Weird And Wonderful

By Eve Tedja

“Nothing is unknown if you wish to explore it” is the ethos of Locavore’s current season tasting menu. Here’s what chefs Eelke Plasmeijer and Ray Adriansyah can share about working with Indonesia’s lesser-known ingredients.

Indonesia’s only entry in Asia’s 50 Best Restaurants list five years in a row is at it again. Renowned for exclusively working with local ingredients and sustainable practices, the progressive restaurant Locavore in Ubud has announced its new tasting menu: The Unknown: An Edible Mystery Explored. The 19-course menu is an exploration of the lesser-known parts of an ingredient – spices and spice-related plants and trees - as well as parts that end up in the bin.

The new tasting menu is separated into four “explorations”. In “Exploration One”, the chefs push the envelope by making charcuterie out of local seafood. Cold smoking, dry ageing and curing were applied to cobia and bonito fish. Their bones also don’t go to waste – they are turned into smoked fish-bone butter. Made with LocaLab (food laboratory and testing kitchen of Locavore) fermented fish sauce, smoked salt, smoked fishbone oil, organic coconut oil, soymilk and soy lecithin, the butter is served alongside cassava and coriander seed buns.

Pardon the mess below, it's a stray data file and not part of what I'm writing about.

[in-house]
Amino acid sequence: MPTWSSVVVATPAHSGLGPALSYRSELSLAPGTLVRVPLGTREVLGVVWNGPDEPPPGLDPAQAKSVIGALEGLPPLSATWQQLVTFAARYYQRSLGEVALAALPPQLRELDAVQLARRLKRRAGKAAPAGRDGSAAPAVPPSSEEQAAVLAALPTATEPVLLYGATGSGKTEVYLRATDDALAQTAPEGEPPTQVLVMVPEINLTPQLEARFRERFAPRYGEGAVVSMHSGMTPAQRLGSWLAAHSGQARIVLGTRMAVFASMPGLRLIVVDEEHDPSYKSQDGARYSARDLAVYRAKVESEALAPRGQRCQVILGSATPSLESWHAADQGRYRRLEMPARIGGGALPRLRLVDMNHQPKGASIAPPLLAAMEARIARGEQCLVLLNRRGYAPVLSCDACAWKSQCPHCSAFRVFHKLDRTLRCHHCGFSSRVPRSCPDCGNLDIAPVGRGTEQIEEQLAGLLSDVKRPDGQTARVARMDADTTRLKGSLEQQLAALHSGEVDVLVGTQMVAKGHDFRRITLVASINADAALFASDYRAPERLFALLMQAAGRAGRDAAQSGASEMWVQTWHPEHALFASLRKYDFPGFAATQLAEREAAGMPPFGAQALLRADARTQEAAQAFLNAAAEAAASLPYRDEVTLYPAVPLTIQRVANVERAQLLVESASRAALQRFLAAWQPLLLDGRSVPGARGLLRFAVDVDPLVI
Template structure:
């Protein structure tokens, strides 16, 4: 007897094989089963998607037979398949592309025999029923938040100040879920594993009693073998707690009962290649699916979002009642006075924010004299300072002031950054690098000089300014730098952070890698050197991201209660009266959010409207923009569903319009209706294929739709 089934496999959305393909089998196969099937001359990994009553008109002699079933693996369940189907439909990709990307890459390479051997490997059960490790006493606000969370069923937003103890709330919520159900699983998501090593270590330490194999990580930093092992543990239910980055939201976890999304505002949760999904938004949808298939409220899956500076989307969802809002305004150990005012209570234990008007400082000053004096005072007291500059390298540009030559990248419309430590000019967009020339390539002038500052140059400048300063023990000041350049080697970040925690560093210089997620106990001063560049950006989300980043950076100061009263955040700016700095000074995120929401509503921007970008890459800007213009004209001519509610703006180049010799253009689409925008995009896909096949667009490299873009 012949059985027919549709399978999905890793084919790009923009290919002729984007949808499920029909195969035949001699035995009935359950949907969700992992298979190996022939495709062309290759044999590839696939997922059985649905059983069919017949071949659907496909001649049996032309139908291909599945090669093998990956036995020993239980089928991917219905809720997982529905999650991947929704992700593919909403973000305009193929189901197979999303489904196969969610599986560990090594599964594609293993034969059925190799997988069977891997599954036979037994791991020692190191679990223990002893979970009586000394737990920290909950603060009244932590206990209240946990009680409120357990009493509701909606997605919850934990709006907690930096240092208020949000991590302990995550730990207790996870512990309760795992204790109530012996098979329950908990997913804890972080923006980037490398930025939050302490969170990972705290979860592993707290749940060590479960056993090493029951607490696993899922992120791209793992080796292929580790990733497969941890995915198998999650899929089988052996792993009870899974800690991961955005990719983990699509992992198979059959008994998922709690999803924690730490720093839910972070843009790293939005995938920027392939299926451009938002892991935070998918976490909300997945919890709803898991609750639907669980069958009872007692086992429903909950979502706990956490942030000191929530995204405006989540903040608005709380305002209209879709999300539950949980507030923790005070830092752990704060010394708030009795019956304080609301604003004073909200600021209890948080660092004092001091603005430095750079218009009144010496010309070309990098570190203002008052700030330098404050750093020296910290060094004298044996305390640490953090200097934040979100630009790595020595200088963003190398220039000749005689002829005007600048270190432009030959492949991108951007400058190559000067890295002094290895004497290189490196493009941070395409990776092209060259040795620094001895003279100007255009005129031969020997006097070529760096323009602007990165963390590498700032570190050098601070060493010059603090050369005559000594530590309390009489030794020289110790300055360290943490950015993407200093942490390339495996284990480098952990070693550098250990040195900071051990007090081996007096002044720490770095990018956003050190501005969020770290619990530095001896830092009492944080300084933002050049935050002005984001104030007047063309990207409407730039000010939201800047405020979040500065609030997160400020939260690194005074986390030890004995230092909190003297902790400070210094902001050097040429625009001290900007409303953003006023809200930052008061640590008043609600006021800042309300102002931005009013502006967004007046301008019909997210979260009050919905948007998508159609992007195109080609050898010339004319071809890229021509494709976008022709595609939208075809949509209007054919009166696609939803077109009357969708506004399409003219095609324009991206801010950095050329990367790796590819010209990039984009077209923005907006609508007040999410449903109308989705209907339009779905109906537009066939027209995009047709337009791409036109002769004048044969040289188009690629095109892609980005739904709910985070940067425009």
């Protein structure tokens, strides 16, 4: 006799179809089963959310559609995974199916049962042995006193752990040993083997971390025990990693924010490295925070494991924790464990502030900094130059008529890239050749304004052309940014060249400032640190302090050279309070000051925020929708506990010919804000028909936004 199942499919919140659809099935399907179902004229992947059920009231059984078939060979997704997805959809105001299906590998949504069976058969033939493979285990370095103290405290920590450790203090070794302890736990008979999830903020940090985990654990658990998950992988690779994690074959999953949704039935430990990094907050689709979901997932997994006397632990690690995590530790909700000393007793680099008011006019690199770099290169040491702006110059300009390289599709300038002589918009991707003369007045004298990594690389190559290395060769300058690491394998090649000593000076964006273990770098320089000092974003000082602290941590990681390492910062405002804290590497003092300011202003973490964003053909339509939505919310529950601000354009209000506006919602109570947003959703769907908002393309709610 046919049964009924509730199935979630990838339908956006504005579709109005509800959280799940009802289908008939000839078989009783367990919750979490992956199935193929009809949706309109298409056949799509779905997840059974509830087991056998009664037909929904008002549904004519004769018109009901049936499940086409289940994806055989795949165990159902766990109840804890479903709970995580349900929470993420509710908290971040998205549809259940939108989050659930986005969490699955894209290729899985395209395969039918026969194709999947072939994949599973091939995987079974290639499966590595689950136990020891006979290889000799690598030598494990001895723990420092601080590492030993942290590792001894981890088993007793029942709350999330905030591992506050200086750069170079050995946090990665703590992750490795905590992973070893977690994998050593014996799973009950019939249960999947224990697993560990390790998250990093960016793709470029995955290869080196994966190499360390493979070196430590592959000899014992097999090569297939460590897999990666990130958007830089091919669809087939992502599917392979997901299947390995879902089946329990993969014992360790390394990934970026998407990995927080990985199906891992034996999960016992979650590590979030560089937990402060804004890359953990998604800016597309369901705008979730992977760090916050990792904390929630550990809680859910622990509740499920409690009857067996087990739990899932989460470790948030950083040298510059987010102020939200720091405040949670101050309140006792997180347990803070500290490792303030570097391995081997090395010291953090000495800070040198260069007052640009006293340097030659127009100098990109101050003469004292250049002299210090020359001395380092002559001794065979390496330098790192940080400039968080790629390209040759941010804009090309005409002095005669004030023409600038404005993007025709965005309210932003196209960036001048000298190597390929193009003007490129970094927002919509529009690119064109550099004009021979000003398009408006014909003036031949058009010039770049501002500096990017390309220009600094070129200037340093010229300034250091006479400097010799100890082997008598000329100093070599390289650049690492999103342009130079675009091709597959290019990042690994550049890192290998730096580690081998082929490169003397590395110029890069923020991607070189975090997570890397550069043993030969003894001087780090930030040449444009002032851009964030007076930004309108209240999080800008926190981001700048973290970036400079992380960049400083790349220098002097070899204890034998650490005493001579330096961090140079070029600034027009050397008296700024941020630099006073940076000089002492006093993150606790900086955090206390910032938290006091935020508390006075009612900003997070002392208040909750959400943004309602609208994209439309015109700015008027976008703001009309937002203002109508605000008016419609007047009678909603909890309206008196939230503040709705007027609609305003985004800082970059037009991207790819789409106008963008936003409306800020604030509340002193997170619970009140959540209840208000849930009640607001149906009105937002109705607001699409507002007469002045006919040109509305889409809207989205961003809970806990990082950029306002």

Indonesia’s rich biodiversity and culinary heritage are gloriously dissected and tastefully transformed with ingredients such as pandan leaf, kulim, kluwak, nutmeg fruit, asam cekala, and torch ginger leaf. “Being in Indonesia has given us plenty of ingredients to work with. For this menu, we played around with nutmeg fruit by turning it into gelato and serving it alongside black banana ganache tart. Pandan, typically used for sweets, has been reworked and used in savoury roasted vegetable broth. It is poured over wood ear mushrooms and charred cabbage with black rice vinaigrette and andaliman oil,” says chef Eelke Plasmeijer.

Andaliman pepper (Zanthoxylum acanthopodium) gives a citrusy, mild numbing sensation akin to Sichuan peppercorn. Grown only in North Sumatra at 1,200 to 1,400 metres above sea level, Andaliman pepper is most commonly used in Batak cuisine.

Kulim (Scorodocarpus borneensis) is often referred to as jungle garlic. It is the fruit of the Kulim tree that is typically grown in the Malay Peninsula. In Indonesia, kulim can be found in Sumatra and Kalimantan. With hints of truffle and garlic, it takes centre stage in a dish of heritage kulim rice, green kulim oil, served with egg yolk, pickled jicama, smoked and blackened jicama.

One of the two desserts – black rice brem dragon fruit sorbet with white rice brem ice cream, asam cekala reduction and dragon fruit leather – gets its sourness from asam cekala. As the fruit of torch ginger tree, it is often used to add a sour taste into a dish and to get rid of the strong fishy taste in Batak cooking like arsik goldfish.

“Procuring these ingredients from all over Indonesia is still a challenge. I think it will be great if there are more restaurants who are willing to commit and go deeper with using local ingredients because that will lead to greater availability,” adds Plasmeijer.